[0310] where Pj is the power level of channel j in a system with a channels and λi denotes the incoming channel.

[0311] If a weighting scheme is used, the following equation may be used: Normal Power of λ i = j = 1 n WpjPj n = Pnormal

[0312] where Wpj is the weighting coefficient and its value is determined by the difference between the centre frequency of Pj and the centre frequency of the incoming channel.

[0313] When the desired power level of the incoming channel has been determined, the preliminary stage is deemed over. The first stage of the process involves gradually increasing the power of the incoming channel to the desired power level by specific increments. The power of the incoming channel (measured as the multiplexer single channel EDFA output power) is stepped up from zero to Pnormal with a step size of PA ddDel . The increments can be easily phased in by incrementing the power level at the end of every trial performed for the continuous optimization. While the phasing in of the new channel is gradual and is timed by the optimization trials, it should be noted that the performance of the new channel is not to be taken into account when determining the system's overall performance. Thus, when calculating the cost function, the weighting coefficient Wc1 for the new channel being phased in is zero.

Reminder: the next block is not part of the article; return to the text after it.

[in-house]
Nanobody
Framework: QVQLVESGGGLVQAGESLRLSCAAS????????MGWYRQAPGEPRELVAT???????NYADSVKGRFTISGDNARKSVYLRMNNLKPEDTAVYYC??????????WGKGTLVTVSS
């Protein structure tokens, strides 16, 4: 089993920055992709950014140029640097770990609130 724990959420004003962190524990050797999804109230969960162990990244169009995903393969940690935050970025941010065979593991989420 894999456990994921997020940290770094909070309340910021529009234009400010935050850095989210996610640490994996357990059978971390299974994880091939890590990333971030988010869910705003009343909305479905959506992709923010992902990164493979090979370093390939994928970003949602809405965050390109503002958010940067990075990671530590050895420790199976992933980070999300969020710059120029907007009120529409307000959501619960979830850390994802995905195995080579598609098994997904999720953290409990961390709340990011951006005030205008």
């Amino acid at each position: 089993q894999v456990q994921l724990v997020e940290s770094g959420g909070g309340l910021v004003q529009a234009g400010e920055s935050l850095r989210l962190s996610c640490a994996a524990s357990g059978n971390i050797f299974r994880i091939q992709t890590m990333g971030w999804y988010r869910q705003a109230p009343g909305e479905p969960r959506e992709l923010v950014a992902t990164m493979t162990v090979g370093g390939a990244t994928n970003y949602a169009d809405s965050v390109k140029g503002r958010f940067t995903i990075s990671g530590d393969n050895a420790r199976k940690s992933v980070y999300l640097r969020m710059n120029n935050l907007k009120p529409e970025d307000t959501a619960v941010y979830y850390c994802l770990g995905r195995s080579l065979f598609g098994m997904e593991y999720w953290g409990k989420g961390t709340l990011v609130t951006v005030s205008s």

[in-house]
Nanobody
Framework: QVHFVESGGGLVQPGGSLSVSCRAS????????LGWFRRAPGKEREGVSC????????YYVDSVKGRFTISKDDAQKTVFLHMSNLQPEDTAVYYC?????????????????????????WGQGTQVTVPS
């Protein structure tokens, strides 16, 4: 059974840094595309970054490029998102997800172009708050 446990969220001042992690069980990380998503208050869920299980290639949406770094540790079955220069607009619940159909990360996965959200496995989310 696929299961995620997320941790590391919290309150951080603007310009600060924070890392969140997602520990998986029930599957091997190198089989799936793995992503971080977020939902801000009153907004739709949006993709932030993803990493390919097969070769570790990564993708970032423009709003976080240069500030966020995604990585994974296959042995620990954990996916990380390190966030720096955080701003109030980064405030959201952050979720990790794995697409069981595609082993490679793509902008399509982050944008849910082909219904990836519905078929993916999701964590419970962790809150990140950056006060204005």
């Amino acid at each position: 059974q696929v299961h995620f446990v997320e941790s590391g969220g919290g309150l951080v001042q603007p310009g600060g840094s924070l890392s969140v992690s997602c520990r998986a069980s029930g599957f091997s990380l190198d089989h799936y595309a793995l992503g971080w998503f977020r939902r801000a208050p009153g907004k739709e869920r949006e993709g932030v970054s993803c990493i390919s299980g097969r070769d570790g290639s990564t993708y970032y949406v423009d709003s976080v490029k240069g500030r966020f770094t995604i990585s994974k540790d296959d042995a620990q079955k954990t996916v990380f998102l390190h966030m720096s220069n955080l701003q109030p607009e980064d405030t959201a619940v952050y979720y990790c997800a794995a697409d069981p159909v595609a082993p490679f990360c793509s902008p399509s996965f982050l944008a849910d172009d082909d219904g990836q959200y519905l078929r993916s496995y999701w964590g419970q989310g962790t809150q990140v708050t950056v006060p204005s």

[0314] It should be noted that the phasing in of the new channel can be stopped at any time if the overall system performance is impaired or if an existing channel is being detrimentally affected. As noted above, Qmin is the minimum value of Q that an existing channel must suppress. Qmin must be greater than or equal to QAddTh or the Q threshold needed to initiate and continue with channel addition. However,

Q AddTh =Q ENDLIFE +Q PDL

[0315] Where